close up, Charming Chevrons by Christa Watson


Christa used pebble quilting within the chevrons, and straight line quilting in the negative spaces.  A pattern for the Charming Chevrons quilt is available at Christa Quilts.  The quilt was exhibited at the 2014 AQS Quilt Week in Phoenix.

Image credits: Photos were taken by Quilt Inspiration.

Thursday, July 17, 2014

West Coast Wonders

At the West Coast Wonders exhibit at the 2013 Houston International Quilt Festival, we saw some gorgeous quilts with scenes from the Golden State, California. They reminded us of the technicolor postcards sent to friends and family from favorite vacation spots. We hope you enjoy the great artistry of these "postcards in cloth."

Storm over the Golden Gate by Linda Stone, California


Linda's original design was based on a vacation photograph. She says, "this picture was taken as we went under the Golden Gate Bridge on a cruise ship. We went on a Mexican cruise and ended up in San Francisco, due to the swine flu. This is the first in [my] California Landmarks Series of photo realistic quilts. It is machine appliqued and machine quilted using fusible products." Linda has used her excellent sense of perspective to perfectly depict the massive size of the bridge, which stands in resplendent orange-red against a complementary hued backdrop of blue-violet, red-violet, and lavender.

Hollywood and Highland, 39 x 42", by Linda Stone , California


Here's another one of Linda's California Landmark Series quilts. This time, she's at the intersection of Hollywood Blvd. and Highland Ave. in downtown Hollywood, site of the famous ACL Chinese Theatre, the Dolby Theatre, where the Academy Awards are presented, and a shopping mall.  The right hand panel of the quilt shows the enormous elephant sculpture at the entrance to the mall, and the top panel depicts the beloved "Hollywood" sign mounted on the hillside by real estate developers in 1923, which has been restored several times.  Linda notes, "There is so much history of the film industry within and in view of this mall." 

Close up, Hollywood and Highland by Linda Stone


A lifelike pair of feet stand on the cement  path as a visitor studies the  footprints and handprints of many current and past movie stars preserved in the cement. We loved the very creative machine quilting which accurately depicts the weathered pathway, host to millions of people from around the world. Also note the realistic turned-up jeans cuffs, which were finished with blanket stitching.  Linda's original design was machine and hand appliqued, hand-embroidered, couched, painted, and inked.

Monterey at Dusk by Melinda Bula, California


Here's another sophisticated art quilt whose original design is based on a photo. Melinda says, "We walked along the beach at Monterey Bay at sunset. I started taking photos as the sunset reflected off the water and the fog. The sailboats were bobbing in the water. Seals were barking on the rocks below."   This idyllic, peaceful setting is captured by Melinda's fused applique technique. We gazed at this quilt for quite a while, marveling at this artist's ability to perfectly place some very tiny pieces of fabric into the scene.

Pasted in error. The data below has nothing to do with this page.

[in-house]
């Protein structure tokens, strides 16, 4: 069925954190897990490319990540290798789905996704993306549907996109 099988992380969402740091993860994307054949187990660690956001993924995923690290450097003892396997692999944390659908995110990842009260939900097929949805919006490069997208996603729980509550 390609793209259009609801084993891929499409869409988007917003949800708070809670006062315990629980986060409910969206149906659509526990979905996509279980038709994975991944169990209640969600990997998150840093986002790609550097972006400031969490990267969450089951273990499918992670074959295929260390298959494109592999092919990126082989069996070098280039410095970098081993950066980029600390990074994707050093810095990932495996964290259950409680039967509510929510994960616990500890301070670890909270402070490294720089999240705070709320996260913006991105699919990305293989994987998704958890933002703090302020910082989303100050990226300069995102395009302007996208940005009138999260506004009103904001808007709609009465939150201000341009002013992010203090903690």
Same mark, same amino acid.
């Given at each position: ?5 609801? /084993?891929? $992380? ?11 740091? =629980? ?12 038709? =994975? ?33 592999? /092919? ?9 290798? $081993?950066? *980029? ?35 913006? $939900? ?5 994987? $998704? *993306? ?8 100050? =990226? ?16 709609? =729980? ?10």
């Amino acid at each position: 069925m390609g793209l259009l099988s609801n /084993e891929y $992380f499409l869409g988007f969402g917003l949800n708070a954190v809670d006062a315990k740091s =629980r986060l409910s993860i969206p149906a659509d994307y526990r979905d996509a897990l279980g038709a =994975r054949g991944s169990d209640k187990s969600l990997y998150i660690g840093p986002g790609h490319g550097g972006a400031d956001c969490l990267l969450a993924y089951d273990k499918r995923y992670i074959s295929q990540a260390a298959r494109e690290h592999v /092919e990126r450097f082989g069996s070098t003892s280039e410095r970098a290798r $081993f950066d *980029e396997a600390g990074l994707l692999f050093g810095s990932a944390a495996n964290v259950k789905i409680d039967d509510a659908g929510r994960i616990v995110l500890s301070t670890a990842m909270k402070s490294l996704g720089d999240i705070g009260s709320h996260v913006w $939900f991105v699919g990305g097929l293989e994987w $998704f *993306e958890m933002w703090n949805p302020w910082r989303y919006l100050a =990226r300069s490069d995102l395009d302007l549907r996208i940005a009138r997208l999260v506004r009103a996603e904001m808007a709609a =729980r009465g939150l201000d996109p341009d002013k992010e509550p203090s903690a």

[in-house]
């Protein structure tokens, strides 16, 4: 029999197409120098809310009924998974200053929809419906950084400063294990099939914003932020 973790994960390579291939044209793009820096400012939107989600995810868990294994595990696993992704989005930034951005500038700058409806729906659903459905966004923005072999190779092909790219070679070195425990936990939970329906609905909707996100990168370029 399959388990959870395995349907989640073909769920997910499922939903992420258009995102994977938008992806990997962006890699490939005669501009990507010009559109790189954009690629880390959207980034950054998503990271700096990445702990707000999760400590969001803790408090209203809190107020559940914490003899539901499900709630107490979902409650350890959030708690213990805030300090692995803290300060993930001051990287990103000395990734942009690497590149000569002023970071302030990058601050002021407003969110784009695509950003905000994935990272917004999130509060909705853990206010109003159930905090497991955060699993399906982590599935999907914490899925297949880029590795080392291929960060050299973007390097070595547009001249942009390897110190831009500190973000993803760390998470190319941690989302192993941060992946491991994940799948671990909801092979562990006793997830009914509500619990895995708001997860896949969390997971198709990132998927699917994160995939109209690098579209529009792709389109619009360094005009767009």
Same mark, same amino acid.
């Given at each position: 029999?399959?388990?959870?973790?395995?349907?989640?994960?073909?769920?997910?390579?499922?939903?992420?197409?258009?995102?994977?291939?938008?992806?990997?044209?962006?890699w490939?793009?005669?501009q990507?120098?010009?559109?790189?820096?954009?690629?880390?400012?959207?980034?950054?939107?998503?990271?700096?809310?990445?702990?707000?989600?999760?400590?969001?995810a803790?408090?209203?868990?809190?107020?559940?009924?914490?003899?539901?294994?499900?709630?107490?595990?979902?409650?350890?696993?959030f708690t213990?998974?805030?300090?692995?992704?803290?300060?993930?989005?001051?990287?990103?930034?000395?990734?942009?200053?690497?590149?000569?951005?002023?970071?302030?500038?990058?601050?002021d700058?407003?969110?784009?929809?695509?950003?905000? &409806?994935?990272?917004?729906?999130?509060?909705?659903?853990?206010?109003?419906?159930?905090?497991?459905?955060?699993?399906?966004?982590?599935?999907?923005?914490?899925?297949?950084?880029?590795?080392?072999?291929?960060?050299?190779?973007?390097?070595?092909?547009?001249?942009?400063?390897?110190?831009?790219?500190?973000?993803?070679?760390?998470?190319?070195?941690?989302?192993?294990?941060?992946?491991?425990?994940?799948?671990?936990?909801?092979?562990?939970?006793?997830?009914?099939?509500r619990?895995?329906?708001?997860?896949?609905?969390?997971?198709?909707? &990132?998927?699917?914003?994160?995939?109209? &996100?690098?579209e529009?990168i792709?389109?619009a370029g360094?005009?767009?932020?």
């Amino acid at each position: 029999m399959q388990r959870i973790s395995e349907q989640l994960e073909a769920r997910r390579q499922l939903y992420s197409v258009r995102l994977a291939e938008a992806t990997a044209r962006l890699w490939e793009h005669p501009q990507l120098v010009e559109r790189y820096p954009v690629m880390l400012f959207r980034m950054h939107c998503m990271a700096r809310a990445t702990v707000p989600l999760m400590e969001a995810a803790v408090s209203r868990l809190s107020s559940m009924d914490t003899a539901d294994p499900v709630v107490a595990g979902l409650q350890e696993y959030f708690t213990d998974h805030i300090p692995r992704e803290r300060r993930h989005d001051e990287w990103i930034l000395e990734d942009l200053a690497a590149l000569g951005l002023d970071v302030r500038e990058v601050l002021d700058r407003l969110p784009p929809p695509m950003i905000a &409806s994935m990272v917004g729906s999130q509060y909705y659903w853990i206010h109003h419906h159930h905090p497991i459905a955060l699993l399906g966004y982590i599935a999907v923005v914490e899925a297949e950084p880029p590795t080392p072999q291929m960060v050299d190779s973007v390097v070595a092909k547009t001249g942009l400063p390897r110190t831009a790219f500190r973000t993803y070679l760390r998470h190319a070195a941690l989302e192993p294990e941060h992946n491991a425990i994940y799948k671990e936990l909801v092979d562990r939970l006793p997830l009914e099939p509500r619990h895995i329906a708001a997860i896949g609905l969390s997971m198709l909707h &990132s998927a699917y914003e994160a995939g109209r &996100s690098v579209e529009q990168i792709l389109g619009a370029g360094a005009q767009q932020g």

Close up, Monterey at Dusk by Melinda Bula


Melinda has achieved an elegant, soft watercolor effect with her expert use of pastel fabrics in cool tones.  She notes, "A local couple walked by us and joked that I was taking too many pictures trying to capture this moment. They commented, 'Honey, you can't take it with you.' And I said, 'Oh yes I can.' Little did they know it would soon be a quilt."

Monet in Pasadena by Melinda Bula (California)


Melinda writes, "California has many beautiful gardens, and I plan on seeing them all. At Huntington Gardens in Pasadena, I was inspired by the morning light hitting the lily pond. The water shimmered with reflections made me think of what the painter Monet must have seen. I always take my camera with me just for moments like this."

Close up, Monet in Pasadena by Melinda Bula


Melinda adds, "I created this quilt by using my fusible technique which approaches quilting as if I am painting. Only I do not use any paint; it is all fabric. I have hand-dyed most of the fabrics to get the colors that Monet might have used."

Tributary by Phyllis Cullen (Hawaii)


Phyllis has created a colorful depiction of a pristine hillside stream as it flows over rocks and past native flora. She states, "The beautiful and rugged California coast features river that flow from mountain to sea."

Closeup,  Tributary by Phyllis Cullen


In this close-up, you can see the black background fabric between the  raw edge appliqued pieces, which gives this eye-catching quilt the look of a leaded, stained glass window. Free motion quilting in horizontal wavy lines gives an energetic, rippling effect to Phyllis' work.

Pelican Express by Phyllis Cullen (Hawaii)


Phyllis notes, "The colors of a West Coast sunset are reflected in two of its most endearing birds [the pelicans]."  Phyllis' design is adapted from a stained glass panel by the Paned Expressions Company. To create this stunning quilt, Phyllis used the stained glass and fusible applique technique, plus free motion quilting.

Image credits:  Photos were taken by Quilt Inspiration at the 2013 Houston International Quilt Festival.